- Communication with translators was mostly done in two ways: using the mailing list translators-l and personal outreach by those who oversee the translation to individuals who have helped before.
- For the 2011 Fundraiser we decided to take a different approach – Peter Gehres made a sign up page, and we advertised it using CentralNotice in order to recruit translators for the fundraiser in a systematic way. When users signed up, they specified which languages they could translate into, and gave their usernames and e-mail addresses. This gave us a database of 1100 translators that we could sort by language. So for the first time, if we needed something translated into a certain language, we could target only the translators who knew that language, and ask them for help. This system was, however, separate from MediaWiki – we were using a custom form made by Peter to register the translators, and were using SugarCRM to contact them.
- Recognizing the need to organize translators in a more efficient way, WMF's internationalization team developed a new extension called TranslationNotifications that ties in with the Translate extension.
- This extension introduces a sign up page where users can choose which languages they want to translate into, where they want to be contacted and how often they want to be contacted.
- It also lets translation administrators use a special page to ask translators to help translate a given page. Just like with the SugarCRM system, this allows the translation administrator to choose to only notify certain languages, and set a priority and deadline for the translation.
Meta translation requests
- The page where translation requests were listed used an automatic system of including the translation requests dynamically. This system was quite confusing, as it was hard to tell exactly how to put a page onto it.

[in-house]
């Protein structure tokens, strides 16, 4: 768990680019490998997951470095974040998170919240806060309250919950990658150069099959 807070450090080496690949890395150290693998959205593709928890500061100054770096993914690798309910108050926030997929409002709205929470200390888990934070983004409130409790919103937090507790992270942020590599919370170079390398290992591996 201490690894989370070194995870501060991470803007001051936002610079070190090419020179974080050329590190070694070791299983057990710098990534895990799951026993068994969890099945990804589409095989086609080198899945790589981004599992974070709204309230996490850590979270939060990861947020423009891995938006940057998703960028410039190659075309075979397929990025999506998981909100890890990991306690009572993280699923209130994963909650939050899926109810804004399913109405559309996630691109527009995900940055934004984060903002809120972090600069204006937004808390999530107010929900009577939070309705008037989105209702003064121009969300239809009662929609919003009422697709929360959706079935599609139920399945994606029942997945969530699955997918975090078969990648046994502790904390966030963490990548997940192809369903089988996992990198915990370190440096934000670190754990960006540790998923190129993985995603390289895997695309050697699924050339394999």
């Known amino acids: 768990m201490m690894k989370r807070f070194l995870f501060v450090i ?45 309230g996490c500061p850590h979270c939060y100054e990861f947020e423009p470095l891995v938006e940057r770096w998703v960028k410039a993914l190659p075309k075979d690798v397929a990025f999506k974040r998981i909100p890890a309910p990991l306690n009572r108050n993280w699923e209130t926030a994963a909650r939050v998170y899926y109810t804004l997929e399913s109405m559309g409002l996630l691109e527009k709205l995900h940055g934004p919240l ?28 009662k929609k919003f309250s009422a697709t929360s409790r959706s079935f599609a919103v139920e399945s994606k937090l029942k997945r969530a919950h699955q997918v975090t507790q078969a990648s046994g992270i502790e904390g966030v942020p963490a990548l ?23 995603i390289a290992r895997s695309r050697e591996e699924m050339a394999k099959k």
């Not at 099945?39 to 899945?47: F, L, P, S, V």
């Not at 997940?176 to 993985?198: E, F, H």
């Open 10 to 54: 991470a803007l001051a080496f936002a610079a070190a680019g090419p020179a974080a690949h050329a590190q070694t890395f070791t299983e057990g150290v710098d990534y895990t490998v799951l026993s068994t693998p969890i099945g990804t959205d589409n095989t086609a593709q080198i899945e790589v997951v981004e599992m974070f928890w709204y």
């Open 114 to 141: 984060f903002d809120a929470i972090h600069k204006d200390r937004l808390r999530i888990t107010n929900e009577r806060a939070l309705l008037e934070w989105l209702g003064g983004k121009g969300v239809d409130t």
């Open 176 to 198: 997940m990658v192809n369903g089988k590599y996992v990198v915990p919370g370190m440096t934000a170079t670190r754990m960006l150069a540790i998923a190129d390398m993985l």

- Translation requests have been changed to a more manual system. While this introduces one more step when marking a page for translation, it gives the translation administrator full control over what is listed on the page, in what order, and with as much additional information for translators as he/she wants (whereas the old system only listed the page's name).
- Another page was created to fill an existing void, namely the page to request a new translation. This lets users who need translations but are not familiar with the Translate extension, or otherwise need assistance, to ask for help from more experienced users in putting a page up for translation.
- We ran a CentralNotice campaign in July to recruit translators, which led to more than 1200 translators (live stats) signed up for more than 100 different languages.
- The first page we used the TranslationNotification system on in a large scale was the page Wikimedia Highlights, June 2012. Within the first week after it was put up for translation, it had 21 translations that were 100 % complete, and another 19 translations that were started (of whom 10 were more than 50 % complete). To compare, the May highlights, which were annonced on Translators-l like usual, had 9 translations in total (8 complete).
- The translation committee is being revived with calls for volunteers on translators-l and wikimedia-l, in order to have several active volunteers involved with translation administration on Meta, helping translators and requesters with whatever needs they have.